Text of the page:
In this episode I want to answer a question from Michael Hicks that was left on the Facebook live episode on heart disease, that I did not get to because of Facebook’s 90 minute limit to the videos. And obviously I cannot turn every unanswered question to a podcast, but in this particular case the question is how do you manage heterozygous familial hypercholesterolemia – and throughout this episode I will be using the abbreviation FH for familial hypercholesterolemia – how do you manage heterozygous FH in a natural way, and when do you decide whether to use statins? And this is really important to get to in part because many people have asked me this over the years, and it is something that I do have a lot of thoughts on, and I think it’s important to share those thoughts.
4:36 Cliff notes for this episode.
So for those of you who are on the go, I’ll give you the cliff notes. And the cliff notes are that heterozygous FH is a particular case that is outside the norm of what I would usually recommend, but here I would say that the number one front-line strategy should be, within the context of maintaining healthy weight and body composition, to eat a diet that contains a minimum adequacy of protein, about 20% of calories from fat – so a low-fat diet – and the remainder from carbohydrates, so a very high carbohydrate diet. I would say the number two strategy would be to limit dietary cholesterol, but to not do so in a way that compromises nutrition and since certain foods are very rich in cholesterol and are also very nutritious, I would say that this strategy should be implemented carefully and it should also be number two rather than number one. And statins and other approaches should be relegated to end-of-the-line strategies rather than front-line strategies. Alright, if that’s – if you’re on the go, then those are the primary conclusions; if you want the nuance and sophistication and the rationale and explanation, then keep listening.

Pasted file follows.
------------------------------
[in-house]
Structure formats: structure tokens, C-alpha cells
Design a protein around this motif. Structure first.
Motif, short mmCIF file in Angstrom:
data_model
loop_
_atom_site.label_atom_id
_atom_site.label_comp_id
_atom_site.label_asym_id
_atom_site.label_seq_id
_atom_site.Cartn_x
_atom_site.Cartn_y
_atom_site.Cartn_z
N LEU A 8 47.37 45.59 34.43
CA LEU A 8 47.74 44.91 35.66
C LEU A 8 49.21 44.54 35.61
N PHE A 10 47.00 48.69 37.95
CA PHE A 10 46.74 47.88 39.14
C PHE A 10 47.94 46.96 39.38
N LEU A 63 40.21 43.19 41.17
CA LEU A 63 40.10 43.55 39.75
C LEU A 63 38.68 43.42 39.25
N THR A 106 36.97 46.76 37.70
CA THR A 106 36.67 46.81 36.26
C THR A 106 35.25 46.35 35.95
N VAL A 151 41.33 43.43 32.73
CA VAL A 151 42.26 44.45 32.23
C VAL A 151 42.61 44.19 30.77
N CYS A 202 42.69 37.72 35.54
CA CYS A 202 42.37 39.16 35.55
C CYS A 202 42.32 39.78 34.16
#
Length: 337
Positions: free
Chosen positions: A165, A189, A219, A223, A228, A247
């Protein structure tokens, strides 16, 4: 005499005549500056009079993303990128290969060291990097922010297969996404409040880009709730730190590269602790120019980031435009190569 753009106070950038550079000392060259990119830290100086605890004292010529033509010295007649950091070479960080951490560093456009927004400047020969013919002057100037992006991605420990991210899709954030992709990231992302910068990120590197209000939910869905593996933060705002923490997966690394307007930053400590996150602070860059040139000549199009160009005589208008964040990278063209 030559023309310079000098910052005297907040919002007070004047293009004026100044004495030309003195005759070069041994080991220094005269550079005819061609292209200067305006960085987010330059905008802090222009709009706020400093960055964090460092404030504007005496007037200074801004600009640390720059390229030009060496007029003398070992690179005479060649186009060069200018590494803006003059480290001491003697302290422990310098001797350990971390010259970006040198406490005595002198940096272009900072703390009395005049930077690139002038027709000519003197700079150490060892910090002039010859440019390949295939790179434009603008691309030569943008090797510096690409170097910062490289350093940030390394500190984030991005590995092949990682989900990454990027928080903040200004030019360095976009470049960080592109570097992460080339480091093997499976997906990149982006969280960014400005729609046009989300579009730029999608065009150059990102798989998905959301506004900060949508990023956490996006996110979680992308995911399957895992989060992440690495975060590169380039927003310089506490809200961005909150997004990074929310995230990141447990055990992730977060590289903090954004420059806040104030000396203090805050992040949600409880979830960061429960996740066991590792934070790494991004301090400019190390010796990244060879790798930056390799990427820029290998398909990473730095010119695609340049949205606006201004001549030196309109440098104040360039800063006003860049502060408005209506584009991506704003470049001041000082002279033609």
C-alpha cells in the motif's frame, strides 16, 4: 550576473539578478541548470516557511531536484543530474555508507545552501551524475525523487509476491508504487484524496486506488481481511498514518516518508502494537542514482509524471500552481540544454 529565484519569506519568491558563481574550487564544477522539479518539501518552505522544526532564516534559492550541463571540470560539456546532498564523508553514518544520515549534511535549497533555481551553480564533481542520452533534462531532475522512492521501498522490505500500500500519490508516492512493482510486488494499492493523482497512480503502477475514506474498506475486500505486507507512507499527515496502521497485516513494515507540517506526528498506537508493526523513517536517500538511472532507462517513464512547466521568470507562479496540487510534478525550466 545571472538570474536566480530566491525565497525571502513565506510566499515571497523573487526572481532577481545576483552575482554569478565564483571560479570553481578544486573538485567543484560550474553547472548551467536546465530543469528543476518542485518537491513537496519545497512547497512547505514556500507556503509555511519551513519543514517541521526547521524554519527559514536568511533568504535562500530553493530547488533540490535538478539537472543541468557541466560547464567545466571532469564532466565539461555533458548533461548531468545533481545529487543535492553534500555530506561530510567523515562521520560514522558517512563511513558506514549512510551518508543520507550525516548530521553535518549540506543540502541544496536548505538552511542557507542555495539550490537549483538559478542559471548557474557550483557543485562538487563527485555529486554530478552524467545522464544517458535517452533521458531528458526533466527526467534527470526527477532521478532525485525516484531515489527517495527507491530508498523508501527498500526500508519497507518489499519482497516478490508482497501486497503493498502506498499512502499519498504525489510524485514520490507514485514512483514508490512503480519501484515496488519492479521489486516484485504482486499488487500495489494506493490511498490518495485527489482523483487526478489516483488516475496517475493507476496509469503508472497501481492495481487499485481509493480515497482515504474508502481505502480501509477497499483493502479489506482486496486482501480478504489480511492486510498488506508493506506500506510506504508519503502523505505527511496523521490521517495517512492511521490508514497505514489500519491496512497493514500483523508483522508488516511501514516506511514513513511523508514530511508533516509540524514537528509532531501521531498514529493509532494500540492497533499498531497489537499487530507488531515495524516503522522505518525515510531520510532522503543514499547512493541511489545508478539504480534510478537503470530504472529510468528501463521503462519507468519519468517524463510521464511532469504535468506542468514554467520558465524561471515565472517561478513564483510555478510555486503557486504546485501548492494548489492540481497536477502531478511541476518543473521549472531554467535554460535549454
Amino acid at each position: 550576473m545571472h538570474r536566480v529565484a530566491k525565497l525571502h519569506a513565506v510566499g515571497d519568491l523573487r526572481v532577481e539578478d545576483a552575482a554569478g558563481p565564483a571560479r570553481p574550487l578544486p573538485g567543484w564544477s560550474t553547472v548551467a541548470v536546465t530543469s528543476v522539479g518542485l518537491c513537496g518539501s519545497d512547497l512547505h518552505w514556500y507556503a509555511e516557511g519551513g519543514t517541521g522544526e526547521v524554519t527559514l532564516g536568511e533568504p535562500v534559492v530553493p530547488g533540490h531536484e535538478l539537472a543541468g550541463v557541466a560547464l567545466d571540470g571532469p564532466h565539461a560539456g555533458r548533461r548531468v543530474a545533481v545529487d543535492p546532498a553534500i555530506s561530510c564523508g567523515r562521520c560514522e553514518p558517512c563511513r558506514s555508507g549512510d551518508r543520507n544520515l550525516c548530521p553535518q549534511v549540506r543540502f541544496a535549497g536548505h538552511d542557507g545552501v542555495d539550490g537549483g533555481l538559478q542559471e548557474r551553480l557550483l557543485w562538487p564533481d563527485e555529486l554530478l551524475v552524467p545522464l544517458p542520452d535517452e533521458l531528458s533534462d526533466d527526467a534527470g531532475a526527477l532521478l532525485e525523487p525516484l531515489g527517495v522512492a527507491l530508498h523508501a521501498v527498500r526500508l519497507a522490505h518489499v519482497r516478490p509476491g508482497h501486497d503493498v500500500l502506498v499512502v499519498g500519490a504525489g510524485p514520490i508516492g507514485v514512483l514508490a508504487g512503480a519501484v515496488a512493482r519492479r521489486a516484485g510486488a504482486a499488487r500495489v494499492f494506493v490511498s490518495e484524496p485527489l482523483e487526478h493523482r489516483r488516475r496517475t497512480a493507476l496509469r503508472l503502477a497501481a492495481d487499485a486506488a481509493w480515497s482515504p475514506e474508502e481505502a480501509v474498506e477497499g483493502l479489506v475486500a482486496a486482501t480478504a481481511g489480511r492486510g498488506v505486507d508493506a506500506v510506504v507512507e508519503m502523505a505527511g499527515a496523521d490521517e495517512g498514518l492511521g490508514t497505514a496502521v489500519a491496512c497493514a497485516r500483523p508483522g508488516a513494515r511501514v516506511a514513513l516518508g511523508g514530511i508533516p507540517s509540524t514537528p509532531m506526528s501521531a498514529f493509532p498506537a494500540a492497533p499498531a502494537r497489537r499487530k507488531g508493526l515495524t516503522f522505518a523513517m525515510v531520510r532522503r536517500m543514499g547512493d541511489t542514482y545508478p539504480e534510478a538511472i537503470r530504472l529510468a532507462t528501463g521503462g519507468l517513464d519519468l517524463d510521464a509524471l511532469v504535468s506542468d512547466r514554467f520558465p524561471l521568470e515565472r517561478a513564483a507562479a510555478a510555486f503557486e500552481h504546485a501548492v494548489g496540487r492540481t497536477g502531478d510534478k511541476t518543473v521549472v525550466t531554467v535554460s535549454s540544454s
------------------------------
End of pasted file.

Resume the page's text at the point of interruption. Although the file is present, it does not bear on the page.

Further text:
6:02 Introduction to heterozygous familial hypercholesterolemia (heterozygous FH or HeFH)